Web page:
Later this month, the Prospect.4 triennial will bring New Orleans the work of 73 international artists, many new to the city.

But there’s one artist local audiences already know quite well — though not in the way you might expect: The Prospect.4 installation at the New Orleans Jazz Museum in the Old U.S. Mint will include a collection of collages by none other than New Orleans’ own Louis Armstrong.

Prospect.4 artistic director Trevor Schoonmaker says the collages may come as a surprise to audiences who only know Armstrong as a towering presence in jazz music.

“Armstrong played a critical role in the formation of that musical art form, but most people don’t know he also made beautiful collages from magazine and newspapers on top of his reel-to-reel tapes,” Schoonmaker said. “These hidden gems are one of many examples of works in Prospect.4 that engage both sound and the visual.”

Trumpeter and bandleader Armstrong began making collages in the early 1950s, using scrapbooks and the walls of his apartment in Queens, New York, as his canvases.

But most of his collages were done on the 7-inch-square cardboard covers of his collection of reel-to-reel tapes.

Armstrong’s visual art was very much of a piece with his musical experimentation. Just as his jazz improvisations synthesized elements of existing compositions, the collages combined photographs, news clippings, handwritten notes and various bits of printed ephemera. All were affixed to the boxes with different kinds of adhesive tape that became as much a part of the visual rhythm of the collages as the images themselves.

The hundreds of collages that Armstrong made are currently in the collection of the Louis Armstrong House Museum in Corona, Queens, New York, which is lending 28 of them to Prospect.4 for the upcoming exhibition.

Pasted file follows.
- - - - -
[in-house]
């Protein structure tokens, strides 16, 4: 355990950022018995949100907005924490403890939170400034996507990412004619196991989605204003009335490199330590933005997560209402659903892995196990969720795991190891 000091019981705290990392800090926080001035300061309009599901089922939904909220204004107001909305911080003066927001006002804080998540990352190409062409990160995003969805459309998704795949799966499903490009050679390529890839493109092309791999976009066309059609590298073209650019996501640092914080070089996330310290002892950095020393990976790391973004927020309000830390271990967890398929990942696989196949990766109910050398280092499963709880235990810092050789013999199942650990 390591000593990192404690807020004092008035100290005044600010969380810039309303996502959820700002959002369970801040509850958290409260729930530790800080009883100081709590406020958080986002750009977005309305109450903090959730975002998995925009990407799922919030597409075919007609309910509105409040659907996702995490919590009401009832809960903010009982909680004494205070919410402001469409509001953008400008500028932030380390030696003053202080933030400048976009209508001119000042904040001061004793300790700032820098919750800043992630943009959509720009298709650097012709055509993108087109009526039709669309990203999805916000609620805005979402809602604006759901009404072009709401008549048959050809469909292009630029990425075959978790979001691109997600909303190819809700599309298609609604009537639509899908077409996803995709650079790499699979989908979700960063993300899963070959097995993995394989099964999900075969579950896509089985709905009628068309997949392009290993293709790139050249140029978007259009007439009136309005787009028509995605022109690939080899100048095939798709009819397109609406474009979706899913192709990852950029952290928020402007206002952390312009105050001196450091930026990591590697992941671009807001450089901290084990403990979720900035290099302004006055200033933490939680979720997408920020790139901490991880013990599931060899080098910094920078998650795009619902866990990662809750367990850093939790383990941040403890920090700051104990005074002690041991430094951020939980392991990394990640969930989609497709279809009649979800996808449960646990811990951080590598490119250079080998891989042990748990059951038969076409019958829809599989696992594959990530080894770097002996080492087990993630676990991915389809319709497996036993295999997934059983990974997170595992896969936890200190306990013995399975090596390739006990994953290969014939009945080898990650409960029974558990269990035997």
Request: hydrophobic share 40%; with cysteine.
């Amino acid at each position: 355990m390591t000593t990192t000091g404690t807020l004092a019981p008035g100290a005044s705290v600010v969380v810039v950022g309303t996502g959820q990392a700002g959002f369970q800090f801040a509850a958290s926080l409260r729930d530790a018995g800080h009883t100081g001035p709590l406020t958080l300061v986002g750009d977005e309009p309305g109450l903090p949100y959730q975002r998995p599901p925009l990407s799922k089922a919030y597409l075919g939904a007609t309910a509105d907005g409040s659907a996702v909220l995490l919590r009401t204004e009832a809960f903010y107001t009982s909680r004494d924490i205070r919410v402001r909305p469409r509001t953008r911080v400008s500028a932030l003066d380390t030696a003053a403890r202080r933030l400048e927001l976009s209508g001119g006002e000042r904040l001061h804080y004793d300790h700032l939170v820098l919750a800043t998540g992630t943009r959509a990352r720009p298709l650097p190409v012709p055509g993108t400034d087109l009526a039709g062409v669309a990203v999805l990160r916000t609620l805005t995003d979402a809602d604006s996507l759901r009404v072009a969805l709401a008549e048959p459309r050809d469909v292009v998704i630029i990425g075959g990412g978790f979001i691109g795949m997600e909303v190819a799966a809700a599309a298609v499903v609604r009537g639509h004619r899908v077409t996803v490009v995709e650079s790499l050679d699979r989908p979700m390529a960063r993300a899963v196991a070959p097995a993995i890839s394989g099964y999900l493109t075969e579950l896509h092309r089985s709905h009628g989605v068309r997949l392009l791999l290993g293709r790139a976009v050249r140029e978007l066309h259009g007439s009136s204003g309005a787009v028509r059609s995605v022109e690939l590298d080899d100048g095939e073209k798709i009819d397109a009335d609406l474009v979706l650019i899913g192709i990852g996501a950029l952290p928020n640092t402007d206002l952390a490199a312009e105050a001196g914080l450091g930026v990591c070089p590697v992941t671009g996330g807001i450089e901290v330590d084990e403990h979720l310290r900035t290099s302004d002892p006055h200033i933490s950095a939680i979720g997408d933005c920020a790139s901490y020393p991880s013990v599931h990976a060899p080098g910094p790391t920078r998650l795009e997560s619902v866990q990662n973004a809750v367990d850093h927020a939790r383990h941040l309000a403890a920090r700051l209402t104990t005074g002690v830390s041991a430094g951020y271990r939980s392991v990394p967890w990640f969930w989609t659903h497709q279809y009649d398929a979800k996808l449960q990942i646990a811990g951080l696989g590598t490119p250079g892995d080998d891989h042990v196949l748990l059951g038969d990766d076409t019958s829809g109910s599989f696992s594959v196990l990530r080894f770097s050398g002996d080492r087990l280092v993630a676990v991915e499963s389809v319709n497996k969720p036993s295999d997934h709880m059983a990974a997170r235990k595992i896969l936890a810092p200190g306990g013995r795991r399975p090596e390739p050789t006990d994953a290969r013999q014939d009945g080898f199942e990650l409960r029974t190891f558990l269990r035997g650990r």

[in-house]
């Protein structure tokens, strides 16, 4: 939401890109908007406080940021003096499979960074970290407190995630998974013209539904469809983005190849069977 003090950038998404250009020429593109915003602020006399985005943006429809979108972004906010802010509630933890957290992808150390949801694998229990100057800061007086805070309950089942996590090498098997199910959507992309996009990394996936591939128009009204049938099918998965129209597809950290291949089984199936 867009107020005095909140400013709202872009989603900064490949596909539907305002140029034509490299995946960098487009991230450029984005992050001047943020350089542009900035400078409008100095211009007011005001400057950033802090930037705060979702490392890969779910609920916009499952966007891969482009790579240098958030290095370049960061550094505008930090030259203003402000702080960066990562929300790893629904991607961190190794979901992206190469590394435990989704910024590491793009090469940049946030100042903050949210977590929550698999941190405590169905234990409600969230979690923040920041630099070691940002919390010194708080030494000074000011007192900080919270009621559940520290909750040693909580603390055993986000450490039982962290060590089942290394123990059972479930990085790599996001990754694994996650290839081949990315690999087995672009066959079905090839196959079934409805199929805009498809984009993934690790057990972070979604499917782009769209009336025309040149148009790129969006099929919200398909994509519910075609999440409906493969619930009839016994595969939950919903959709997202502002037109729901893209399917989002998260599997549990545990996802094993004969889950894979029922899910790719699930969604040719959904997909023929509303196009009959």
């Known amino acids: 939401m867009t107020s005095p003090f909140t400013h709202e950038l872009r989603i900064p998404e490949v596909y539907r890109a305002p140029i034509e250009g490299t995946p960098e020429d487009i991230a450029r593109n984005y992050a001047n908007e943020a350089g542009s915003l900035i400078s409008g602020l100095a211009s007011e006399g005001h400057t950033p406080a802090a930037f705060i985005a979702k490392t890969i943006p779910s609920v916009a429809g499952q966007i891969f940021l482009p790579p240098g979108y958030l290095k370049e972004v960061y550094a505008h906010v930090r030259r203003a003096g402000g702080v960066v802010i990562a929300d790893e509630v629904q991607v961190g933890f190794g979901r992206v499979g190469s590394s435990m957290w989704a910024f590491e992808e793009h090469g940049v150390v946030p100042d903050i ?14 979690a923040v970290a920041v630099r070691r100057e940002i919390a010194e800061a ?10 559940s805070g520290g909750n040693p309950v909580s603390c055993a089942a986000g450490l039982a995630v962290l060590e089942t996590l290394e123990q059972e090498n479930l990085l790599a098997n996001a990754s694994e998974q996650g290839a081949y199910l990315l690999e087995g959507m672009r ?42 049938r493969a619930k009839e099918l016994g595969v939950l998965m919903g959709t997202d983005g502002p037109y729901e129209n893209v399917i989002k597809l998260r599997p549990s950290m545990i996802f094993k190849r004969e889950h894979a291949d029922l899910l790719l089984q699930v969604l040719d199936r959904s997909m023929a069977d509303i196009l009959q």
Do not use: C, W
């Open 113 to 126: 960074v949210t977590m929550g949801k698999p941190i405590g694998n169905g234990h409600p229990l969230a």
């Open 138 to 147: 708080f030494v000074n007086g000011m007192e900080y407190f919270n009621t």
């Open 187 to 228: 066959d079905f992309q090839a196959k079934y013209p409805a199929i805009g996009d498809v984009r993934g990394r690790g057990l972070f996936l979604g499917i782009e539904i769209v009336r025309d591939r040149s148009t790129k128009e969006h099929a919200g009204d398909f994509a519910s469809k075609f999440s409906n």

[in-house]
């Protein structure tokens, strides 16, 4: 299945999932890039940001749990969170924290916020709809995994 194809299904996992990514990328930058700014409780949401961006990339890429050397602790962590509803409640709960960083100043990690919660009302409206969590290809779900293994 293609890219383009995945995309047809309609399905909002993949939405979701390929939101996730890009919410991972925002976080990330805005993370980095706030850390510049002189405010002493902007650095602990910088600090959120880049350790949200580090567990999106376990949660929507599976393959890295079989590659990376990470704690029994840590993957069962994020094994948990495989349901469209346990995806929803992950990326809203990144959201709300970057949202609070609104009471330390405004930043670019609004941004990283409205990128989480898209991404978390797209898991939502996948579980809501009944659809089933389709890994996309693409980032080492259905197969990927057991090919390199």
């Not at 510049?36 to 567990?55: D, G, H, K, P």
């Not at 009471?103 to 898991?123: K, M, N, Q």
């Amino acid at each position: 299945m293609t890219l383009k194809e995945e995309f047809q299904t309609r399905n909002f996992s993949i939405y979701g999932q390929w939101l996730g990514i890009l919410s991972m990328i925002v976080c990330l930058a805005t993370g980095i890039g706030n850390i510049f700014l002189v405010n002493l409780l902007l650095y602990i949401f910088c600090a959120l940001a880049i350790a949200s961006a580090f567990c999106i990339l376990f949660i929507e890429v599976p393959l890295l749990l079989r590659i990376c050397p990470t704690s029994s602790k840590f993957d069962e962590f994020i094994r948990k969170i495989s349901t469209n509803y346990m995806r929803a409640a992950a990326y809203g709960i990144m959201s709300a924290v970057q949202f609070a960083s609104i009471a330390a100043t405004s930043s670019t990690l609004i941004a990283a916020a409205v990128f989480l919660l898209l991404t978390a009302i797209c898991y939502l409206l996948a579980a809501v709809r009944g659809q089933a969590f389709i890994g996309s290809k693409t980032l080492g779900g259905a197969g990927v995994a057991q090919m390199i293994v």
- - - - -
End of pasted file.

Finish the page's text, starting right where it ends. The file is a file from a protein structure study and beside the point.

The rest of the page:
For Armstrong, making a collage was a way of constructing a narrative. “My hobbie [sic] is to pick out the different things during what ever I read and piece them together and make a little story of my own,” wrote Armstrong in a 1953 letter to a fan.

The collaged boxes complement the material on the tapes, which Armstrong would use to record selections of his own performances and pieces by other musicians he admired along with snippets of personal commentary on everything from music to race relations; conversations with family, friends, fellow musicians and fans; and background sounds from his home and backstage environments. In a way, Armstrong was an early pioneer of the mixtape culture that would coincide with the explosion of aural sampling and hip-hop several decades later.

Perhaps unsurprisingly for an artist who had a healthy sense of self-regard and his own importance in musical history, Armstrong cast himself as the main subject in most of his collages, whether combining his own image with that of his wife, Lucille; a snapshot of his fellow musicians working in a recording studio; or alongside a saucy photo from a cheesecake magazine.

While several of the collages have been shown previously in an exhibition organized by the Louis Armstrong House Museum in 2009 (and published in an accompanying catalog), the Prospect.4 exhibition at the New Orleans Jazz Museum is the first time they will be on view in New Orleans.

Along with Armstrong’s collages, work by nine other Prospect.4 artists will be exhibited at the Old U.S. Mint: Larry Achiampong, Michael Armitage, Satch Hoyt, Rashid Johnson, Darryl Montana, Rivane Neuenschwander, Dario Robleto, Hank Willis Thomas and Peter Williams.

This puts Armstrong, who died in 1971, in the company of some of the most important contemporary artists working today — and indeed, Armstrong believed that his work had an importance that transcended his own lifetime.

When asked the purpose of his collages in a 1961 interview, Armstrong answered with a characteristic witty malapropism: “For posterities.”

Ricky Riccardi, research director at the Louis Armstrong House Museum, sees New Orleans as the perfect venue to introduce new audiences to another dimension of Armstrong’s immense artistic legacy.

“For Prospect.4, they return to Armstrong’s birthplace to tell his story,” said Riccardi in the Prospect.4 catalog. “ ‘For posterity’, in the place where it all began.”

"Prospect.4: The Lotus in Spite of the Swamp" opens citywide Nov. 18. For more information, visit


Collages by Louis Armstrong

A Prospect.4 exhibit

WHEN: Nov.18-Feb. 25

WHERE: The New Orleans Jazz Museum

Old U.S. Mint

400 Esplanade Ave.

New Orleans

INFO: or (504) 568-6968